In addition, it became apparent over the course of the week that many similarities exist between multinational and multijurisdictional challenges. Watching teams from different countries negotiate differences in language and operational shorthand looked a lot like watching teams from different local jurisdictions interact. The exercise reminded that there are many boundaries that the fire service needs to push beyond, whether they exist between countries or between jurisdictions.
Finally, collaborative training exercises such as the one conducted by TEEX not only push participants to new levels in both confidence and knowledge, they improve the integration of response efforts during major emergencies and disasters, which helps to ensure the collective safety of responders and victims alike.
More than 100 rescuers from five countries participated in the mock earthquake response.
Belgium: B-FAST was formed in 2003 by the Federal Council of Ministers to create a rapid response structure for the purpose of sending emergency aid teams to a country or countries affected by a man-made or natural disaster.
Canada: Red Deer Search and Rescue is a non-profit organization founded in 1996 by a group of outdoor enthusiasts who had a desire to contribute their skills for the benefit of those who have become lost or missing. It works in partnership with the Royal Canadian Mounted Police and other volunteer search and rescue organizations in the province of Alberta.
Germany: The structure of Technisches Hilfswerk (THW) is unique. It is a federal agency, yet only 1% of the staff works full-time for the authority; the remainder works on a voluntary basis. Nationwide, more than 80,000 volunteers provide professional help to people in distress.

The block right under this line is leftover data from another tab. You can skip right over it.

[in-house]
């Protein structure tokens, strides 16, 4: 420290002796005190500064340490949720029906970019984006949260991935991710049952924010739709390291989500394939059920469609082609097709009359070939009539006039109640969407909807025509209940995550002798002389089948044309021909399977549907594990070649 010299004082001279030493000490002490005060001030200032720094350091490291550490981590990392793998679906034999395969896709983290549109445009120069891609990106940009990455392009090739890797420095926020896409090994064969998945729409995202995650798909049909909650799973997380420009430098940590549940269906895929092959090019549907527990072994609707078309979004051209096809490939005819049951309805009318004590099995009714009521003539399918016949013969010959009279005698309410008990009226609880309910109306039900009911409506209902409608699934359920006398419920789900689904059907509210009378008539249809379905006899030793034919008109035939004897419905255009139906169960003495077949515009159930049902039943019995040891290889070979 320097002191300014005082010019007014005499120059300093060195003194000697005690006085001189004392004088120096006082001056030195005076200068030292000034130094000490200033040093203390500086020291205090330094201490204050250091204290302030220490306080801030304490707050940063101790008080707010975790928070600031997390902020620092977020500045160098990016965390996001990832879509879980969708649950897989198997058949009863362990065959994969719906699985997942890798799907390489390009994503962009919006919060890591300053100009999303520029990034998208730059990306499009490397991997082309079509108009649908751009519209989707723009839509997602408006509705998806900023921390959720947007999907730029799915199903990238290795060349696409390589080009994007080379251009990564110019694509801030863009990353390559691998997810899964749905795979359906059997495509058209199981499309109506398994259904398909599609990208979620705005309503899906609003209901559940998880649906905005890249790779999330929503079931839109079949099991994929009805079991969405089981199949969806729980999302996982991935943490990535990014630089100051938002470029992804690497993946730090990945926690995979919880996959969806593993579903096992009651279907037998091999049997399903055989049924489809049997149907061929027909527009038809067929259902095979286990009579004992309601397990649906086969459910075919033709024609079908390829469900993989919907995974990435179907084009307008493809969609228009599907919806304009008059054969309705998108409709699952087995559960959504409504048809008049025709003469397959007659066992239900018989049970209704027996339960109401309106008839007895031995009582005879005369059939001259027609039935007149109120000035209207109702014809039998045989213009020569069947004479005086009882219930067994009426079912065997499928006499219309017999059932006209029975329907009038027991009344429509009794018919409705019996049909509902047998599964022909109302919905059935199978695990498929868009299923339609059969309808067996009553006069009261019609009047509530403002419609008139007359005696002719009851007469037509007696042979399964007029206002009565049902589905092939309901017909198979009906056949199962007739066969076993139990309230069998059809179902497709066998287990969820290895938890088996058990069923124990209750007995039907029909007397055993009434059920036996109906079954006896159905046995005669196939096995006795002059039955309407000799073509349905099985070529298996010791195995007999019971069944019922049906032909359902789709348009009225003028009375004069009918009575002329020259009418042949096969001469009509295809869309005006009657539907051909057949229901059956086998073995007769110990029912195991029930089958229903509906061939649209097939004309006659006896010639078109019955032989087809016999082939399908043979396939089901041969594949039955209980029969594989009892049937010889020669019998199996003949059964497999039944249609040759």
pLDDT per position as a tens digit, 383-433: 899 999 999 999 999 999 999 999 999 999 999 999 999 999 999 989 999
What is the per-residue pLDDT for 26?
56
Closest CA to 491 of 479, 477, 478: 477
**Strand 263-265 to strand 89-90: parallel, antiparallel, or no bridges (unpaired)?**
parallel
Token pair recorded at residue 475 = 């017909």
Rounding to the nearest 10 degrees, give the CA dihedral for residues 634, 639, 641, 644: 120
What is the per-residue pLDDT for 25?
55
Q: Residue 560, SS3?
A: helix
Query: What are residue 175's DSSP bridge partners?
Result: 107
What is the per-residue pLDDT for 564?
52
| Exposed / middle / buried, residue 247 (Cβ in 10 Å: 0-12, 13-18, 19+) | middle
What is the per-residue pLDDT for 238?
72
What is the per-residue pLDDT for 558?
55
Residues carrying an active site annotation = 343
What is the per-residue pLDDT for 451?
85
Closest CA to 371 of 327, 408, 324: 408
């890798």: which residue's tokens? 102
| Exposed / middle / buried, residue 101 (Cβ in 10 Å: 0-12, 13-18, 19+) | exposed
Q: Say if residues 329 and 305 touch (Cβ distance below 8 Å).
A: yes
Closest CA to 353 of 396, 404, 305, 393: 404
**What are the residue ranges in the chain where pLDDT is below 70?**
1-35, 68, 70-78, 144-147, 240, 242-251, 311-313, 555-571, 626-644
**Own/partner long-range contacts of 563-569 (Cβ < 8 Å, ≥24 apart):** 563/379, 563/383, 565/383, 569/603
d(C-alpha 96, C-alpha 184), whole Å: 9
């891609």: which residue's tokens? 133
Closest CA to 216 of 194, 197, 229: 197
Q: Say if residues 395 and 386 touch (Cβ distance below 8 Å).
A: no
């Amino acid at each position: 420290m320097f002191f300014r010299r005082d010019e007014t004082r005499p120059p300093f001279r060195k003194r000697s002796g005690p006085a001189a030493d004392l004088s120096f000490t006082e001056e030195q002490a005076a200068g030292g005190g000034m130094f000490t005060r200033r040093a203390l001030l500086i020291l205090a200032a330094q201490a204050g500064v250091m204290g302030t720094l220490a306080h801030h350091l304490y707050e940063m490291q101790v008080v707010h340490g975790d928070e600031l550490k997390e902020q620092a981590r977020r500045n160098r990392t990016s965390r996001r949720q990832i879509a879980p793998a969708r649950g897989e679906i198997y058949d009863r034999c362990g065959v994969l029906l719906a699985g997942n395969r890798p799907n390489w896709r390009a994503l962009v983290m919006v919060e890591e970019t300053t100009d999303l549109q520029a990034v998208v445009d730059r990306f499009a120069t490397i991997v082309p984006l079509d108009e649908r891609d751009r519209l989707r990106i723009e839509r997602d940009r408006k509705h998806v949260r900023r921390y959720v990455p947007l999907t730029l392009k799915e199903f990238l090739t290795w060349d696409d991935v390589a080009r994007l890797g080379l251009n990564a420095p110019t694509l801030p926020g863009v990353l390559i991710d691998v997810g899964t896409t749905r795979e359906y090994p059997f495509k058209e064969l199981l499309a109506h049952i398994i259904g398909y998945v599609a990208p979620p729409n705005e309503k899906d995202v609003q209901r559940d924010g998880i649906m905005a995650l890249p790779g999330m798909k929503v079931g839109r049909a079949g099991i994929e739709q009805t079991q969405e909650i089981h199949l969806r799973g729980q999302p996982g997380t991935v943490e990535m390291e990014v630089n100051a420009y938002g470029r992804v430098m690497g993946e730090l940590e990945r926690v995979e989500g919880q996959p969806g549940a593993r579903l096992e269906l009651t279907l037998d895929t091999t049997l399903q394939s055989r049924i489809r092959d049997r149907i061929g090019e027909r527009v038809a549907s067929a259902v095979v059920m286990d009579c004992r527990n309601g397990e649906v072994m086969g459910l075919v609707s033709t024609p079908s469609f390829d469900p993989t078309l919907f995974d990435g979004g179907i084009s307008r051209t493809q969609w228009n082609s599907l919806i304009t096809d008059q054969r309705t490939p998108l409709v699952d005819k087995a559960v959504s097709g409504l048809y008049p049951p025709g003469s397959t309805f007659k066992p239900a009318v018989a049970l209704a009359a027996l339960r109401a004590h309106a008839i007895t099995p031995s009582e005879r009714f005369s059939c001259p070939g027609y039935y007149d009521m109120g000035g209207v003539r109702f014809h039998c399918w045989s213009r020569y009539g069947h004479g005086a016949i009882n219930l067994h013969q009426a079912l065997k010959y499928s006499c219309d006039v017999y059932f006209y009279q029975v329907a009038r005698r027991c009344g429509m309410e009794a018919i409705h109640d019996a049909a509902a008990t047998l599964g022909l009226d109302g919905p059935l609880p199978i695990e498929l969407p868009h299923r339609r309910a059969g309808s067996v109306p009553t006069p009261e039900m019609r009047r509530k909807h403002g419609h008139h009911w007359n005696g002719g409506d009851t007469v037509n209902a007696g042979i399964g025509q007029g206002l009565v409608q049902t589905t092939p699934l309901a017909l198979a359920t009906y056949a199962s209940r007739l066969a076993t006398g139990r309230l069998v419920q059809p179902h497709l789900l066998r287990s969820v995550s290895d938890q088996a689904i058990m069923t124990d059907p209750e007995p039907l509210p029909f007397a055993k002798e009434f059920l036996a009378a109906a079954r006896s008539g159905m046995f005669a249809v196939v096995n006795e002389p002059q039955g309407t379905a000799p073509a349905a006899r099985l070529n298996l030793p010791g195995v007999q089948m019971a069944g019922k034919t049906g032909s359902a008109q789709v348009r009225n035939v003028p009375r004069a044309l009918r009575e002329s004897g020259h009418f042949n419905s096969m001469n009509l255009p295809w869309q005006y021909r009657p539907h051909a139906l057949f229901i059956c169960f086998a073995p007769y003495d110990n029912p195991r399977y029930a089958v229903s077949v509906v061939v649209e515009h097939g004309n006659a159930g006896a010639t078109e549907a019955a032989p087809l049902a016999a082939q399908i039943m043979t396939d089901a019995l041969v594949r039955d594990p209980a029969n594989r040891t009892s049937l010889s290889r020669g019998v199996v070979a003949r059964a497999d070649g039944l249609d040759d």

London Fire Brigade: The London Fire Brigade was founded in 1865 and is the largest dedicated fire service in the world. It is also the fourth-largest (after the Tokyo Fire Department, New York City Fire Department, and Paris Fire Brigade) when taking into account EMS, with nearly 7,000 staff members, including nearly 6,000 operational firefighters based in 112 fire stations.
Merseyside (U.K.) Fire & Rescue Service: Merseyside Fire & Rescue Service was created in 1974 when the county of Merseyside was established. It covers an area of 653 square kilometers (252 square miles) and a population of about 1.5 million. Approximately 1,200 employees work for the service.
Lincolnshire (U.K.) Fire & Rescue: The Lincolnshire Fire & Rescue Service employs approximately 900 people, including about 200 full-time firefighters. The county’s 38 fire stations are allocated to one of three divisions (East, West and South). The majority of Lincolnshire is covered by part-time staffers who attend on a call-out basis due to the comparatively large distances between main towns and the county’s Spartan road network.
West Midlands (U.K) Fire & Rescue: The West Midlands Fire & Rescue Service was created in 1974 when West Midlands County was created. Prior to its creation, each of the county boroughs in the West Midlands area had its own fire brigade. The largest of these brigades was the Birmingham Fire Brigade. The WMFS was created by a merger of these brigades and is now the second-largest fire-and-rescue agency in the U.K.
Greater Manchester (U.K.) Fire & Rescue Service: The Greater Manchester Fire & Rescue Service covers an area of approximately 1,280 square kilometers (496 square miles) and has 41 fire stations. The service employs 2,641 personnel, of which 2,174 are uniformed operational personnel, in addition to 64 control room staff, and 403 non-uniformed support staff.
Wales Mines Rescue Service: For more than 100 years, Wales Mines Rescue Service has worked to rescue mineworkers who are trapped underground. This service is available to all fire brigades as necessary for all underground emergency responses.
United States: In addition, response teams from Wisconsin, Iowa and the Texas cities of Austin, College Station, Levelland and Fort Worth, as well as Texas Task Force 1, participated in the exercise.
Brian Freeman is the training director for TEEX, where he oversees all urban search-and-rescue scenarios. He retired from the London Fire Brigade after 30 years of service.